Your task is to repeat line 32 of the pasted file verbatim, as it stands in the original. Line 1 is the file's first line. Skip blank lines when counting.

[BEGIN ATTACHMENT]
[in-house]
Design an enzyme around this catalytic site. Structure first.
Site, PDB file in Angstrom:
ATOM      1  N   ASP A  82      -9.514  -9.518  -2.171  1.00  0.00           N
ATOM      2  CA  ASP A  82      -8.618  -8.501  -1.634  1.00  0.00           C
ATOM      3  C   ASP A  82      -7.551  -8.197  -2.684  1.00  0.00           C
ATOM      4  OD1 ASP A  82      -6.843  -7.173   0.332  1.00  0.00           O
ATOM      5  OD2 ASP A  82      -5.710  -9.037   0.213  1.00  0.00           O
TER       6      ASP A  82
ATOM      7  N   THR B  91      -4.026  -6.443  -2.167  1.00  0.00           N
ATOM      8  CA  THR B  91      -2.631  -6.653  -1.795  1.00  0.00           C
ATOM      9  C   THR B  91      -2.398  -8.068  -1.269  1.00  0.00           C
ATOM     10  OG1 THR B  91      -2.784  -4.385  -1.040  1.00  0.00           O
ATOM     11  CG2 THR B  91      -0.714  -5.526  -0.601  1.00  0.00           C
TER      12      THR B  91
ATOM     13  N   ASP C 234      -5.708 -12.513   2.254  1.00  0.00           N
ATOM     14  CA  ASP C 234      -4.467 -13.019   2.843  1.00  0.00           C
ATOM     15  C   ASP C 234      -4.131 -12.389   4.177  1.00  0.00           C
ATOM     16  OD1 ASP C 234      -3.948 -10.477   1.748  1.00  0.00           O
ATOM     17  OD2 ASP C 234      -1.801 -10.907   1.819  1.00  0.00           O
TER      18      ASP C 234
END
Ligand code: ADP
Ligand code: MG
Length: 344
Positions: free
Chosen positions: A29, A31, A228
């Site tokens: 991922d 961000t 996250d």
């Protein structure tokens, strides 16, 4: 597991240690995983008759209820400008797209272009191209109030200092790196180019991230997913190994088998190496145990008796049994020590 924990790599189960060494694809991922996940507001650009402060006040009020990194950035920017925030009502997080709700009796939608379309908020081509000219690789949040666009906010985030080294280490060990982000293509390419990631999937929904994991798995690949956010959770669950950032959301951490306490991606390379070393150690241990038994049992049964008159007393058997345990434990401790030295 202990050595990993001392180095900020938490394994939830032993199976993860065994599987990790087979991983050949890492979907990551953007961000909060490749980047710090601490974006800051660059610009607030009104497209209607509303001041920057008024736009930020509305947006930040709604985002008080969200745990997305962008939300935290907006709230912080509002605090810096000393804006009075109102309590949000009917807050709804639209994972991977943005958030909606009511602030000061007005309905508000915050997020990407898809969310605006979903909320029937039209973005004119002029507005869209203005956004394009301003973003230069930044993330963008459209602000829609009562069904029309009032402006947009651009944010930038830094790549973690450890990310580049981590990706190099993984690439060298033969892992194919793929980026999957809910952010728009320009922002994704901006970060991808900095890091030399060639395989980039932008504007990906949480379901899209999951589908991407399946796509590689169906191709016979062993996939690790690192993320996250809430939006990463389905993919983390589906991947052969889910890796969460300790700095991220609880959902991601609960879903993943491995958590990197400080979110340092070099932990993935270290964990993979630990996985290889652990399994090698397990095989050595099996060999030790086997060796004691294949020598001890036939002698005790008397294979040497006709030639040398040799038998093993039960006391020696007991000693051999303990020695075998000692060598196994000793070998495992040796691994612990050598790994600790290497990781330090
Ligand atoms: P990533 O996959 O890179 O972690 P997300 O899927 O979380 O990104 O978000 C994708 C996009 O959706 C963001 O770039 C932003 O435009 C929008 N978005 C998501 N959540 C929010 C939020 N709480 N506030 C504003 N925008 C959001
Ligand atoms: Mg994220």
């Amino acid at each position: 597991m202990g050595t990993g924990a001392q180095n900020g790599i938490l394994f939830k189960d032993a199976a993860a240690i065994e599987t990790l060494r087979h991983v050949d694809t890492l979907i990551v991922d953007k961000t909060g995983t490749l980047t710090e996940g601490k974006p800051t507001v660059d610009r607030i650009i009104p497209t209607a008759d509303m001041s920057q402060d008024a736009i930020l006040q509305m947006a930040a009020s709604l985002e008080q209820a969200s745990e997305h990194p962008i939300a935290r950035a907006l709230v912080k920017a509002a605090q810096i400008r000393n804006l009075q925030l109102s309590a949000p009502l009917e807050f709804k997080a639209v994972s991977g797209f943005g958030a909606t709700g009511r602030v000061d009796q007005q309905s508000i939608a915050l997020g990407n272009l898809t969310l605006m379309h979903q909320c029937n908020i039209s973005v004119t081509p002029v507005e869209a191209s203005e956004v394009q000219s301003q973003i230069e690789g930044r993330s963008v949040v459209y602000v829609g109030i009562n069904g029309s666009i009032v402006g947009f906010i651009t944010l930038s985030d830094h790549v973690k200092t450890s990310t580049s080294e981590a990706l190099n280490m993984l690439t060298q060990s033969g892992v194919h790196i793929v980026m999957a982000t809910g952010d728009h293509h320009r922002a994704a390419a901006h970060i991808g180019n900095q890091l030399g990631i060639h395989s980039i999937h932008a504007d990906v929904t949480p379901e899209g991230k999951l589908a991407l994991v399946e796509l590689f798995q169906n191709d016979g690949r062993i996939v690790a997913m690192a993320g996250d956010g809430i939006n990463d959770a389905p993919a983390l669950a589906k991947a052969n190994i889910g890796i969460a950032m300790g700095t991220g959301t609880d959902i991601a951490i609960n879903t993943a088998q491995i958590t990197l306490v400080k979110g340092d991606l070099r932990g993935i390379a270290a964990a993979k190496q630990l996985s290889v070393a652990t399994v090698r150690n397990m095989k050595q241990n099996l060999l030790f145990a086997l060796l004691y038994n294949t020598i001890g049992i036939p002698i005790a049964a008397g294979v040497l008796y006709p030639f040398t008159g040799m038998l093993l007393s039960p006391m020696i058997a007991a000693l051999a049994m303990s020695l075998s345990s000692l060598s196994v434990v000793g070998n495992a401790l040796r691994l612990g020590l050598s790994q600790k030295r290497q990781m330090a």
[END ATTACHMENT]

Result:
């Amino acid at each position: 597991m202990g050595t990993g924990a001392q180095n900020g790599i938490l394994f939830k189960d032993a199976a993860a240690i065994e599987t990790l060494r087979h991983v050949d694809t890492l979907i990551v991922d953007k961000t909060g995983t490749l980047t710090e996940g601490k974006p800051t507001v660059d610009r607030i650009i009104p497209t209607a008759d509303m001041s920057q402060d008024a736009i930020l006040q509305m947006a930040a009020s709604l985002e008080q209820a969200s745990e997305h990194p962008i939300a935290r950035a907006l709230v912080k920017a509002a605090q810096i400008r000393n804006l009075q925030l109102s309590a949000p009502l009917e807050f709804k997080a639209v994972s991977g797209f943005g958030a909606t709700g009511r602030v000061d009796q007005q309905s508000i939608a915050l997020g990407n272009l898809t969310l605006m379309h979903q909320c029937n908020i039209s973005v004119t081509p002029v507005e869209a191209s203005e956004v394009q000219s301003q973003i230069e690789g930044r993330s963008v949040v459209y602000v829609g109030i009562n069904g029309s666009i009032v402006g947009f906010i651009t944010l930038s985030d830094h790549v973690k200092t450890s990310t580049s080294e981590a990706l190099n280490m993984l690439t060298q060990s033969g892992v194919h790196i793929v980026m999957a982000t809910g952010d728009h293509h320009r922002a994704a390419a901006h970060i991808g180019n900095q890091l030399g990631i060639h395989s980039i999937h932008a504007d990906v929904t949480p379901e899209g991230k999951l589908a991407l994991v399946e796509l590689f798995q169906n191709d016979g690949r062993i996939v690790a997913m690192a993320g996250d956010g809430i939006n990463d959770a389905p993919a983390l669950a589906k991947a052969n190994i889910g890796i969460a950032m300790g700095t991220g959301t609880d959902i991601a951490i609960n879903t993943a088998q491995i958590t990197l306490v400080k979110g340092d991606l070099r932990g993935i390379a270290a964990a993979k190496q630990l996985s290889v070393a652990t399994v090698r150690n397990m095989k050595q241990n099996l060999l030790f145990a086997l060796l004691y038994n294949t020598i001890g049992i036939p002698i005790a049964a008397g294979v040497l008796y006709p030639f040398t008159g040799m038998l093993l007393s039960p006391m020696i058997a007991a000693l051999a049994m303990s020695l075998s345990s000692l060598s196994v434990v000793g070998n495992a401790l040796r691994l612990g020590l050598s790994q600790k030295r290497q990781m330090a």